His identity bothered some people. It inspired him to help Valley residents go to college

A UC Berkeley undergraduate has started a program designed to encourage San Joaquin Valley residents to apply to college.

By Carmen George

The Fresno Bee

UC Berkeley was a “huge cultural shock” at first for Michael Pina, a Kerman native from the central San Joaquin Valley.

“The Hispanic population was completely absent,” Pina recalled of his first days as a UC Berkeley student, “and it was really shocking to me how many students from my community and with my similar identities aren’t in this and other prestigious universities.”

He used that shock and other challenges as inspiration to do good.

“It really pushed me to create a program where I help students from the Central Valley get admitted into these prestigious universities as well,” Pina said.

The program he started this year is called Central Valley Scholars. It’s run by college students from Berkeley, UC Davis and Stanford University who are from the Valley and a team of around 50 volunteers. They are providing free workshops and online mentors to help Valley residents apply for college, financial aid and scholarships.

The new group also started fundraising for three scholarships _ one of them for students who identify as LGBTQ. Pina said the queer scholarship is the first of its kind from Merced to Bakersfield.

“I want to give queer students from the Central Valley the space to share their story, to be recognized and state that they are an important part of this community and their voices should be heard,” Pina said. “This scholarship does exactly that.”

Its creation was fueled by personal experiences applying for college scholarships as a Kerman High School senior.

During one scholarship interview, Pina answered a question about some of his greatest challenges. He talked about discrimination he faced for being gay, going through a Catholic Church exorcism when he was 13 years old, and how his high school yearbook quote _ “Yeah I dress nice. I wasn’t in the closet this long for nothing.” _ was almost censored.

The interviewer responded: “Well the real issue is you being gay, not what happened to you.”

“I was just crushed. … I really didn’t apply to any (scholarships) after that, I was so discouraged,” Pina said.

Pina graduated from Kerman High as a valedictorian with a 4.2 grade-point average.

He will start his junior year at UC Berkeley in the fall with a major in sociology with a double minor in Spanish and human rights. He’s on the fence between becoming an attorney or doing work that sets public policy. He’s working at two law firms this summer.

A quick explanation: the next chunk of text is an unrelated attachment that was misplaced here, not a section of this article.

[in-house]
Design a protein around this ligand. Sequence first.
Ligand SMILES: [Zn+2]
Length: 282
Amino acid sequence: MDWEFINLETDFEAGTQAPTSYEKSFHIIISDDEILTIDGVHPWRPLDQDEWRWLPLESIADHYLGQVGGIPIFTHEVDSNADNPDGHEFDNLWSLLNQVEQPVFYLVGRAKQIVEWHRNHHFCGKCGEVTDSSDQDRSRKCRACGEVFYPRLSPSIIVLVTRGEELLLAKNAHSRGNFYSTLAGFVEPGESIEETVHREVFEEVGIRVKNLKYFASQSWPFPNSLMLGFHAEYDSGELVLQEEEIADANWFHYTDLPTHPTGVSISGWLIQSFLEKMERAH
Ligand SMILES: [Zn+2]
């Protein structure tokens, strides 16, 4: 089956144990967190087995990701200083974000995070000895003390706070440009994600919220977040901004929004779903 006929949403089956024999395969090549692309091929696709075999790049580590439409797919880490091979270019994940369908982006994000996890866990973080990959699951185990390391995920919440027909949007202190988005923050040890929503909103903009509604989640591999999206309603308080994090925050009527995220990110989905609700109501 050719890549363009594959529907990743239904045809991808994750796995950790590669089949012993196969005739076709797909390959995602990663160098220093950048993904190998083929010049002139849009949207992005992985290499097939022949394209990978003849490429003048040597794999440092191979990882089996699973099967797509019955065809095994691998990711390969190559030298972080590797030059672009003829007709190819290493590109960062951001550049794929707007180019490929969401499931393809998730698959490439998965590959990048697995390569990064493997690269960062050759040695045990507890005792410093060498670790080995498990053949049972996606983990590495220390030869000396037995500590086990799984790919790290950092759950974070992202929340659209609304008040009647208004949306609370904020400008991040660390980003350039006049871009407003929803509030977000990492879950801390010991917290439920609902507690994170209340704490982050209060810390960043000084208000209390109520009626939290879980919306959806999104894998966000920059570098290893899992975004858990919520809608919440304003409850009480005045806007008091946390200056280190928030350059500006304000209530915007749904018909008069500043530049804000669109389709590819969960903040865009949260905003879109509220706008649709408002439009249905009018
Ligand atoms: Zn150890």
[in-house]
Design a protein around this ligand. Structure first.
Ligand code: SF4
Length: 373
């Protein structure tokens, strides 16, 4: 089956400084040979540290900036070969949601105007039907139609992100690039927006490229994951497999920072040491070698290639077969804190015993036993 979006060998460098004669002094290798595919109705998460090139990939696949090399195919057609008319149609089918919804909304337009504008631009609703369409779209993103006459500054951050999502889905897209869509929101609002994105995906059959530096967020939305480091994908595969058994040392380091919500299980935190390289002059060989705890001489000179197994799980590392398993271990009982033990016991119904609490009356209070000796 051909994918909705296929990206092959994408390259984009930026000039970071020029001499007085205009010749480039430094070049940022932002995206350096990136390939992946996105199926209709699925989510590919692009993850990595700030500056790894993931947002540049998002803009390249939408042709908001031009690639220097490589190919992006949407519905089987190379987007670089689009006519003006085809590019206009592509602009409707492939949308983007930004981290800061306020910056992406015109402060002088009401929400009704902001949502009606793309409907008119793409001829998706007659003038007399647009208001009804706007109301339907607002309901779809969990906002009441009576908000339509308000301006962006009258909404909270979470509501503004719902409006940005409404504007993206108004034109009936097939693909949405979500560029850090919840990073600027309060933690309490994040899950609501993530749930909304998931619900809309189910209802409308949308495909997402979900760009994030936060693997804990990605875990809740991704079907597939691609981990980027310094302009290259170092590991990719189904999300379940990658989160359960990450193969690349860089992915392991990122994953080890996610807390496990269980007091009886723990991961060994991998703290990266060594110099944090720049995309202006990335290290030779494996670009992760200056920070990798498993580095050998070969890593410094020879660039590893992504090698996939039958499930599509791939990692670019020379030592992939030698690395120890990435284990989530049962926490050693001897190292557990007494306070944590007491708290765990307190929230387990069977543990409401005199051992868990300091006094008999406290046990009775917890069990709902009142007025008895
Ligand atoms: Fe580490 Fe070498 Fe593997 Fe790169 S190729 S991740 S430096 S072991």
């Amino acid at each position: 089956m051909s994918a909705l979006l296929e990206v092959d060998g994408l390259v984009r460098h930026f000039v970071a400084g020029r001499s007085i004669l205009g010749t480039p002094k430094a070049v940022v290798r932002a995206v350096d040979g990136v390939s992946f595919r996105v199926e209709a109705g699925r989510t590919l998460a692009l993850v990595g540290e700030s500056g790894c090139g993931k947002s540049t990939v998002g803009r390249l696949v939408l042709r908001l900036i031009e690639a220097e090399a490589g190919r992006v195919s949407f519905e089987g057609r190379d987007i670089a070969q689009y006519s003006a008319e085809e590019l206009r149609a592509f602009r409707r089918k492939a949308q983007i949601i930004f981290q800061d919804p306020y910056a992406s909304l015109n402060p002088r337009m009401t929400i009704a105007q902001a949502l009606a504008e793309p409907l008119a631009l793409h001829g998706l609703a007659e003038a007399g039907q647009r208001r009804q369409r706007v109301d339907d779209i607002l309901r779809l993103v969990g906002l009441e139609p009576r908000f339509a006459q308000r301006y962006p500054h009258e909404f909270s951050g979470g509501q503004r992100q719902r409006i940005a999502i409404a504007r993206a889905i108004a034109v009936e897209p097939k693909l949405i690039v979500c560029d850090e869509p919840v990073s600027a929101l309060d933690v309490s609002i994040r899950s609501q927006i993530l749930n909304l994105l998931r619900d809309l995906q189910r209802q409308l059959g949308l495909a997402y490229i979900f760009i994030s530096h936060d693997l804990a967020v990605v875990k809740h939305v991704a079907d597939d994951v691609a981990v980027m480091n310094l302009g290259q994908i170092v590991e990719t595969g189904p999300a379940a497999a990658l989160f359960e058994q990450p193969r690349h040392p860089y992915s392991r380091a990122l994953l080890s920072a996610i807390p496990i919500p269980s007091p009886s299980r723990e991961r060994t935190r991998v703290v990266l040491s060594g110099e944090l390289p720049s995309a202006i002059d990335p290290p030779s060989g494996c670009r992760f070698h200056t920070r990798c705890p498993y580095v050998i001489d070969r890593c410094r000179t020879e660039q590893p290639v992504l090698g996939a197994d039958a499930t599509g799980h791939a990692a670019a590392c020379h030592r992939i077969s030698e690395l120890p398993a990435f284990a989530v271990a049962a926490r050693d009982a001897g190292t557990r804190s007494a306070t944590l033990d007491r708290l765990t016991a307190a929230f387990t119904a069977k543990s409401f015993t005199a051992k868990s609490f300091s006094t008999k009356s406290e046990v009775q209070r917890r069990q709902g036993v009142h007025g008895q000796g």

At UC Berkeley, he does LGBTQ+ alumni outreach for the Gender Equity Resource Center.

Pina is excited that Central Valley Scholars will help him and other Valley natives stay more connected to home.

“Part of the issue is, the few of us who get to these big universities, we don’t come back,” Pina said. He wants Central Valley Scholars to be “a place to invite them back and to help students and to help our own communities.”

He said that work is especially important in the Valley, where many schools don’t have enough college counselors, and fewer students go to college than in many other parts of the state and nation.

In addition to the queer scholarship, Central Valley Scholars is fundraising for a scholarship for a student who is the first in their family to go to college, and another for an undocumented student. The group hopes to raise $1,000 for each scholarship.

Pina recently talked with students in Mendota about those scholarships.

“When I read undocumented scholarship, these students eyes lit up,” Pina said. “It was the first time they saw their identity _ undocumented _ as something good. That’s a really important scholarship as well.”

Pina is a first-generation college student and son of immigrant parents from Mexico who became U.S. citizens when he was a boy.

Participants in upcoming Central Valley Scholars college workshops can expect help with their essays and applications, including for federal financial aid (FAFSA) and undocumented students, “how to brand themselves,” and a networking panel so students can engage with professionals and college graduates. The group is focused on helping people interested in applying to a four-year university.

The free online college mentors additionally provide answers to questions within 24 hours, along with one-hour phone calls once a month from August to February, Pina said.

Araceli Sierra, who was a college adviser for Pina when he was in high school, is very proud of all he’s accomplished.

“Anyone that knows Michael knows that Michael is a fierce advocate,” Sierra said. “He is very intelligent, he is very well-spoken, he is a light. I love him and I’m so proud of what he’s doing at this moment.”

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